Monthly Archives: July 2014

Kodu – visual programming

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Describing Kodu as a game making tool is perhaps a little understated.  Kodu allows the creation of 3D worlds, complete with clouds, wind, water and waves, and the 3D world can then be populated with a range of ready made sprites including objects such as trees and castles, and more mobile sprites such as Kodu itself (an alien creature, I believe) and various vehicles.


Kodu Menu

The new National Curriculum for Computing describes how pupils in KS2 should ‘design, write and debug programs that accomplish specific goals, including controlling or simulating physical systems’; whilst many programming tools such as Scratch, Hopscotch, Logo or the Just2Easy resources can facilitate achievement of the first part of this goal, Kodu lends itself very well to achievement of the latter part – controlling or simulating physical systems.  As mentioned previously, Kodu allows the creation of entire 3D worlds, with so many of the attributes of the world, including the sounds and sights experienced by the person playing the game, to be controlled by the user.   The sprites that are added to the world can then be programmed using a visual programming language to interact with the user via the keyboard, mouse or even an XBox 360 controller.  Sprites can also be programmed to interact with each other, and variables such as the score in a game can be adjusted based on such interactions.

The camera angle can be controlled by the games designer, meaning that Kodu can be used to create first person and third person games, ranging from collecting games in the style of PacMan through to more complex games in the style of Zelda!  Race games can also be created, although two player games are a bit trickier as there is no facility for split screen.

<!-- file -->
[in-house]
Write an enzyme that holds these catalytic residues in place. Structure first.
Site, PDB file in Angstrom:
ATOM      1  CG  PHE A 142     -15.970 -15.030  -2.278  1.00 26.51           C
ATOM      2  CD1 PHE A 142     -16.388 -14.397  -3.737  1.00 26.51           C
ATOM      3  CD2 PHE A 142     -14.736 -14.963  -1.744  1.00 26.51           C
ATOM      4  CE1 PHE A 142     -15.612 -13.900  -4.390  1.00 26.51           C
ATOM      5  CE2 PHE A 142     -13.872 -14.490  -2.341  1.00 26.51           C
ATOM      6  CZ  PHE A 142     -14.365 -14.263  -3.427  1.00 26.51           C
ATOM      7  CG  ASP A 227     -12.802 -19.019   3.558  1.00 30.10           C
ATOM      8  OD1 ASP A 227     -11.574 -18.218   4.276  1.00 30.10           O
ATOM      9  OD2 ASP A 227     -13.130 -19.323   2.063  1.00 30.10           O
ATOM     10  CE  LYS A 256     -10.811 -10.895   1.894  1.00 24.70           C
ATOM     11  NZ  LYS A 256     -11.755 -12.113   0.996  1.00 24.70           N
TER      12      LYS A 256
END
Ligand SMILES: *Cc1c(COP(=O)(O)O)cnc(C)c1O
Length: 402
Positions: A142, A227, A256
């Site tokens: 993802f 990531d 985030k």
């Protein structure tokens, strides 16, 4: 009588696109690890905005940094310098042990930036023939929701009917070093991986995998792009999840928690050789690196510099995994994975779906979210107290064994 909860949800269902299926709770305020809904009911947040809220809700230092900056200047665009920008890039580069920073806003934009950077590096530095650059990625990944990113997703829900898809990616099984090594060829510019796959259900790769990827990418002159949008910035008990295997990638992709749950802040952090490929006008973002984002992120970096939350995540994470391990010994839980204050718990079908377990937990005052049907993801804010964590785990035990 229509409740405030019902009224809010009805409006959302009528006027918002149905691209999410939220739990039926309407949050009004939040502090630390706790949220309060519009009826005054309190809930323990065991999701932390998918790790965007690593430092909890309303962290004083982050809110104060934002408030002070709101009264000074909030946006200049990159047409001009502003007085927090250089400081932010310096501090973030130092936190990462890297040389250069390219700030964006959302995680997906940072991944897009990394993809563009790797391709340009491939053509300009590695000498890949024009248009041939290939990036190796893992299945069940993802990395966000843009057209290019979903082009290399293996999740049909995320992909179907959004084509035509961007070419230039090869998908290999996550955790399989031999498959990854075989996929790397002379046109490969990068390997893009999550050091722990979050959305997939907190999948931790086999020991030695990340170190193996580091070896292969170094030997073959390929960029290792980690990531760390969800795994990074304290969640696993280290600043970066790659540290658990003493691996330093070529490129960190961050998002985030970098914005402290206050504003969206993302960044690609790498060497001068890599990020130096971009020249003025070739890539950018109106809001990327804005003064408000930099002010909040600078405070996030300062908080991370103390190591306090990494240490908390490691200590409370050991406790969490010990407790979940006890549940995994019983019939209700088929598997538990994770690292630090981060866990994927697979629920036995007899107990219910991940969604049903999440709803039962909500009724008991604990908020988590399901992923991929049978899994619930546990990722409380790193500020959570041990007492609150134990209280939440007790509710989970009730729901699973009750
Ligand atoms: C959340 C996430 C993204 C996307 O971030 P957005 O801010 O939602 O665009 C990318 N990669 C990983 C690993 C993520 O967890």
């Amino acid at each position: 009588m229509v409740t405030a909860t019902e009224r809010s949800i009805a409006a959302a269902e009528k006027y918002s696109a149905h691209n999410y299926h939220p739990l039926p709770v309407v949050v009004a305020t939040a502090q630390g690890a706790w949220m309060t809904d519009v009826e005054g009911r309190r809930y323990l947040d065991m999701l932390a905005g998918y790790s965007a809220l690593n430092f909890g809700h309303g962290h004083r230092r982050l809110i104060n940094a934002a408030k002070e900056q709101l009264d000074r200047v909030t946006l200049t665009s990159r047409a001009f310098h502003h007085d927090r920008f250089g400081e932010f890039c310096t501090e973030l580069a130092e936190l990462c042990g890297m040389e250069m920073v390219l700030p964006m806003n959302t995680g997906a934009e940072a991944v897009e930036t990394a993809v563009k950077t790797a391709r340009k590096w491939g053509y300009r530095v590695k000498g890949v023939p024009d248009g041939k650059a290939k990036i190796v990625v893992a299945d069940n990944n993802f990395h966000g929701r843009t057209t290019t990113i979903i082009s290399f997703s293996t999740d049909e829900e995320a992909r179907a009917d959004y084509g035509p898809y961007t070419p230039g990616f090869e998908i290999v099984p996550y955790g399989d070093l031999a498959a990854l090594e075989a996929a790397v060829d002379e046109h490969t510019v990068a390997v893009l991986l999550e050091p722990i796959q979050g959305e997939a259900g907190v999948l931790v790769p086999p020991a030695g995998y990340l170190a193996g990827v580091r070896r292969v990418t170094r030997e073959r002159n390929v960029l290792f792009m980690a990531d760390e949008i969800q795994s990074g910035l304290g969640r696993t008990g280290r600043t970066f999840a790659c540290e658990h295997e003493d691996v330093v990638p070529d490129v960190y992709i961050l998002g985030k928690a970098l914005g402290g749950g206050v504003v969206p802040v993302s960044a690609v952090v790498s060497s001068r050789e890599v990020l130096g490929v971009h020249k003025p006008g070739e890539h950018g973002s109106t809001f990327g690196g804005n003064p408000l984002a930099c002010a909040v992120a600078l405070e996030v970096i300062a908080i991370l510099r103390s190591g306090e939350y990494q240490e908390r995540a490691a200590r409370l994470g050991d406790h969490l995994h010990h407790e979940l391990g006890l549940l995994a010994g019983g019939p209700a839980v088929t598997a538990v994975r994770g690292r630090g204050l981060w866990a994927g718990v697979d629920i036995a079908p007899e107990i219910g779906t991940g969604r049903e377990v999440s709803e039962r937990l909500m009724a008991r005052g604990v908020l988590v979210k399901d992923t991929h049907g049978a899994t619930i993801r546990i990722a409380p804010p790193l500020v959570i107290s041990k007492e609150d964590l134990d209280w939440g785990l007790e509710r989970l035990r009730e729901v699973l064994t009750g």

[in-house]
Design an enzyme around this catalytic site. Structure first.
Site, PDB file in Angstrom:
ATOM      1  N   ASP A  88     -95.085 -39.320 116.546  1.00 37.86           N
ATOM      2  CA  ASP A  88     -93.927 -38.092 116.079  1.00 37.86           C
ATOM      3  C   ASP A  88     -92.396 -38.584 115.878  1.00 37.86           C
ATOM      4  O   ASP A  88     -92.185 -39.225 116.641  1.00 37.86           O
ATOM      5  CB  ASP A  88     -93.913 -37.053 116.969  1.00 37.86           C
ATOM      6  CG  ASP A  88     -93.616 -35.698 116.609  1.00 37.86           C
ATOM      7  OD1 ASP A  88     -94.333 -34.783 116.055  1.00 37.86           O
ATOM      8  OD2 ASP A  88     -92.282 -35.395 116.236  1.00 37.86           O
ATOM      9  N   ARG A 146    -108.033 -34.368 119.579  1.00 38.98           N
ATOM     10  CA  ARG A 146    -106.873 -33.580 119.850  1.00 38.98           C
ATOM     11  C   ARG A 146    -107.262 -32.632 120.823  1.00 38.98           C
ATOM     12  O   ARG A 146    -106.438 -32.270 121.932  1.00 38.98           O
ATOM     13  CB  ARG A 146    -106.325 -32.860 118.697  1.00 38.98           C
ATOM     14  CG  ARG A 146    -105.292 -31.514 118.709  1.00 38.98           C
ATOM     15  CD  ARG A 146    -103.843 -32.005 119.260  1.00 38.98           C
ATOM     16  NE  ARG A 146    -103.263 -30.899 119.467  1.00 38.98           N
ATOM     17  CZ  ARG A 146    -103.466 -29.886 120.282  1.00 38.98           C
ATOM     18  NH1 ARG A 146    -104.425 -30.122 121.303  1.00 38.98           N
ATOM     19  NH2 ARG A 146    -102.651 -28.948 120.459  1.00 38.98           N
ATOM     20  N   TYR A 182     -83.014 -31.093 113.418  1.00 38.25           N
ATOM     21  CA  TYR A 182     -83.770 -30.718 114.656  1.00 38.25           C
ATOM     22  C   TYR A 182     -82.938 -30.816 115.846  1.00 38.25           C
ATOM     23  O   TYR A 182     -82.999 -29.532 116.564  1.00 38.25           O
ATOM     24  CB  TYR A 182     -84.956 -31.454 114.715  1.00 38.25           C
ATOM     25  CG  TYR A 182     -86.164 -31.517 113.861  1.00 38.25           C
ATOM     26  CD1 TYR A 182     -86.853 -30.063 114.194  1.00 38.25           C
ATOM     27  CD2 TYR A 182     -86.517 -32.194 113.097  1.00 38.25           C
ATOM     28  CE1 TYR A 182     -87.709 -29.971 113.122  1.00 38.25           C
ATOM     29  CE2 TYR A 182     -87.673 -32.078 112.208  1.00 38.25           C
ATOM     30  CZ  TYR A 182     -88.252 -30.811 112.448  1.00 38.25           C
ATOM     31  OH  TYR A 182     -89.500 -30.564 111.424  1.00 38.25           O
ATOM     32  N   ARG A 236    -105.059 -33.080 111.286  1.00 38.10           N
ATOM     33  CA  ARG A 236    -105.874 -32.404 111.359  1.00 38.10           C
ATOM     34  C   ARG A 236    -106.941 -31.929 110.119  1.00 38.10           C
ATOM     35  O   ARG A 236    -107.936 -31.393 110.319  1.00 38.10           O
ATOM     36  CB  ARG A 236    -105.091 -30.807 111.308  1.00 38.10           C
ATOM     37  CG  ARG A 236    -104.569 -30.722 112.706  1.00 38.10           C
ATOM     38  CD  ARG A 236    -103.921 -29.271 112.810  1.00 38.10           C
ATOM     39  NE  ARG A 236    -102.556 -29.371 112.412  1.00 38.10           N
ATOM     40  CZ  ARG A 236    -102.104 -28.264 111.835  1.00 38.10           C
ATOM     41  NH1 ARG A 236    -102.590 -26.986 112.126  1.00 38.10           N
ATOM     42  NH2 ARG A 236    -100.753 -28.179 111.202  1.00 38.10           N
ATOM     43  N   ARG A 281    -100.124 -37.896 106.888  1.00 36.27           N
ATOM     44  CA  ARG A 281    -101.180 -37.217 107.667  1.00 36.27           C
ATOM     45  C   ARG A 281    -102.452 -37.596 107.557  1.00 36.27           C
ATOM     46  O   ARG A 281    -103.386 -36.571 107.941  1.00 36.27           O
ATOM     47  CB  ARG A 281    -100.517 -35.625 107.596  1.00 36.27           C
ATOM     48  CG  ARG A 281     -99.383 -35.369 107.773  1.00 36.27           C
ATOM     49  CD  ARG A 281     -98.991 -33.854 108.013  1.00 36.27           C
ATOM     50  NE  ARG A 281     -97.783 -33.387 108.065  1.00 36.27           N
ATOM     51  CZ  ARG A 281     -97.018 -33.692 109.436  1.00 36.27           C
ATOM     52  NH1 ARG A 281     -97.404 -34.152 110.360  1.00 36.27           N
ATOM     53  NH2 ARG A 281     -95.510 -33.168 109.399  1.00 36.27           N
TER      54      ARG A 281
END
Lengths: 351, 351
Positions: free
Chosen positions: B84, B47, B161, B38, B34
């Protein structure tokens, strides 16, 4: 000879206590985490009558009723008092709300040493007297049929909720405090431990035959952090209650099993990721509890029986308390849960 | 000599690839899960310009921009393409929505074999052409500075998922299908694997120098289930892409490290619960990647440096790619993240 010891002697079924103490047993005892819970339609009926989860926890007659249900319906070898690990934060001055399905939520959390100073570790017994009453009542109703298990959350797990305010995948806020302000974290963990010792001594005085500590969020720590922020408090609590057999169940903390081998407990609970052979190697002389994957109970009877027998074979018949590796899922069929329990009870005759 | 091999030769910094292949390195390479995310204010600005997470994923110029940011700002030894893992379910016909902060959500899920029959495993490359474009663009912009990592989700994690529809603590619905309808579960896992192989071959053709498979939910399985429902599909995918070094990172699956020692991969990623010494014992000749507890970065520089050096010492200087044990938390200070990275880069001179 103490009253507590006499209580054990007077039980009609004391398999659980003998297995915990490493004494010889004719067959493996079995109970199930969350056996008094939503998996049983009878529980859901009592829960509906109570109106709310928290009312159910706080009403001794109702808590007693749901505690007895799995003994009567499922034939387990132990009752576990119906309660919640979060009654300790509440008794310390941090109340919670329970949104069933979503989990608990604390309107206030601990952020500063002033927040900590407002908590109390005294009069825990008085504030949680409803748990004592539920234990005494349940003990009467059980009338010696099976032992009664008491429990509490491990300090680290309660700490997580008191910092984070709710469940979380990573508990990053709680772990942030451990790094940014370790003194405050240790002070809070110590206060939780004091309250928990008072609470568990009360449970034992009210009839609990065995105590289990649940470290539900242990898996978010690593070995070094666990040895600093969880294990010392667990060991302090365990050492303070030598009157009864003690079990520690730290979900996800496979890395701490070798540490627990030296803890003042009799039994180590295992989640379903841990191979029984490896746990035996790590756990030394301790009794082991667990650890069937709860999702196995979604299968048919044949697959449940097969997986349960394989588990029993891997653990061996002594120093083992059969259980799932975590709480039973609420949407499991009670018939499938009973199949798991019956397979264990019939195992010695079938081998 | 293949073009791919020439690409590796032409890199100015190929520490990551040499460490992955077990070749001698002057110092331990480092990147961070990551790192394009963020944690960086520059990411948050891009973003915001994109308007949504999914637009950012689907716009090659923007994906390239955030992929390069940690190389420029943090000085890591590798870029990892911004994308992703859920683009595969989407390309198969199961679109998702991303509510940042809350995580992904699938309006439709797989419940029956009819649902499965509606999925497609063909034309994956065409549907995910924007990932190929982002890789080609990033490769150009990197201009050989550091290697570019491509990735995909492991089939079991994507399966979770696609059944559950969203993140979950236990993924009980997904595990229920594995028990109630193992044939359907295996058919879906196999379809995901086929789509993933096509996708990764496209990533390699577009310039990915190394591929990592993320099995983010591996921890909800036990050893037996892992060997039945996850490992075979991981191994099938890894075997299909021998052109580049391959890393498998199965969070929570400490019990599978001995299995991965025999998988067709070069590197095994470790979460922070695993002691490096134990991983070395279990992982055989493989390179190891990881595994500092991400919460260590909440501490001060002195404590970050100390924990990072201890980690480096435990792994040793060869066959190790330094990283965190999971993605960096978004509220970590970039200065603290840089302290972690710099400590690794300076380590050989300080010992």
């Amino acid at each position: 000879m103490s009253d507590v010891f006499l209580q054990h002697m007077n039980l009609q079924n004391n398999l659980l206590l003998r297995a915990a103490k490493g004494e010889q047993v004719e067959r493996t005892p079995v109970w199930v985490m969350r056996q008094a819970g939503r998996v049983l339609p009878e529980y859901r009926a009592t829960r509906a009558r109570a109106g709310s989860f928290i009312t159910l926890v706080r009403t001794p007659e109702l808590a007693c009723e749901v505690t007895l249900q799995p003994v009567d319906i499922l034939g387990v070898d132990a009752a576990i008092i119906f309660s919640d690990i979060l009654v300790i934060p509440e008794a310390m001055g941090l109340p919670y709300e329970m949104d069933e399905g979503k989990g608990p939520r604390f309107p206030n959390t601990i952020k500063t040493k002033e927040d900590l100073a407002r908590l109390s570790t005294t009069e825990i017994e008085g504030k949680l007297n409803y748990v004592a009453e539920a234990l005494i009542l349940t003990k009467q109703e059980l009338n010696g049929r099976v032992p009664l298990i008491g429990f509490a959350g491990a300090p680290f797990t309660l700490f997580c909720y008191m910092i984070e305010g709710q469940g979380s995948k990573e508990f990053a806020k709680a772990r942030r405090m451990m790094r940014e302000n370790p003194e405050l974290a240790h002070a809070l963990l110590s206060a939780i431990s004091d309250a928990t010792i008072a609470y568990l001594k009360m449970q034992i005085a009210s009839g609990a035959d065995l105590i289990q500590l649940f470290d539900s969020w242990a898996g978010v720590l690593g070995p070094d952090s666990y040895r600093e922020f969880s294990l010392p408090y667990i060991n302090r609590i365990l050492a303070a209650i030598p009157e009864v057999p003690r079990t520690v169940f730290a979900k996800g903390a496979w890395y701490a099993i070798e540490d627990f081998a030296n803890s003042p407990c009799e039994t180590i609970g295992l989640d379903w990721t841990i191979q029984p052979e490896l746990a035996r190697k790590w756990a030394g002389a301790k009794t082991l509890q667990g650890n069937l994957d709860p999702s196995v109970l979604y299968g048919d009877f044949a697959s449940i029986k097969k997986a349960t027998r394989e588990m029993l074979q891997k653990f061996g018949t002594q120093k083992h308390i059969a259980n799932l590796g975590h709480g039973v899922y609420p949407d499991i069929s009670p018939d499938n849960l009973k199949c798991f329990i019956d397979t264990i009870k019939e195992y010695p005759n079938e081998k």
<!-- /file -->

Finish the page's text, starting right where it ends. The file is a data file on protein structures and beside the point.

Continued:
Kodu is produced by Microsoft and is available for no cost from:

I have written a scheme of work for Kodu, including lesson plans and video clips, designed for upper key stage 2.

Using ICT to support pupils with SEND

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What?  Why?  How?

What, why and then finally how

When considering investing potentially significant amounts of money and time in an ICT resource, I would always recommend that schools consider what they are hoping to achieve and why they want to achieve it first of all; once these questions have been answered, then the question of ‘how’ can be considered, and it is at this stage when schools can consider the most appropriate hardware and software solutions.   For example, wanting to remove the barriers to learning for all pupils may possibly be what a school is hoping to achieve (the what);  removing barriers to learning will ensure good progress for all pupils (the why), and the ICT solution (the how) may involve 1:1 mobile device ratios for pupils with SEND to facilitate access for all.

It is very easy to follow this route in reverse, especially when attending events such as Bett, when school leaders can be bombarded with such a wide array of dazzling products, money can quite easily be spent in an ad-hoc manner.  Remember that good strategic leadership is characterised by having a clear vision.

There follows in this post links and descriptions  a range of ICT software and hardware.  I would very much like to expand this post over time and any suggestions for additions are greatly appreciated!


Every device, whether desktop PC, tablet or phone, will have accessibility settings that can be adjusted.  Zooming levels, colour schemes, voice overs and control via devices such as switches can normally be configured for different devices.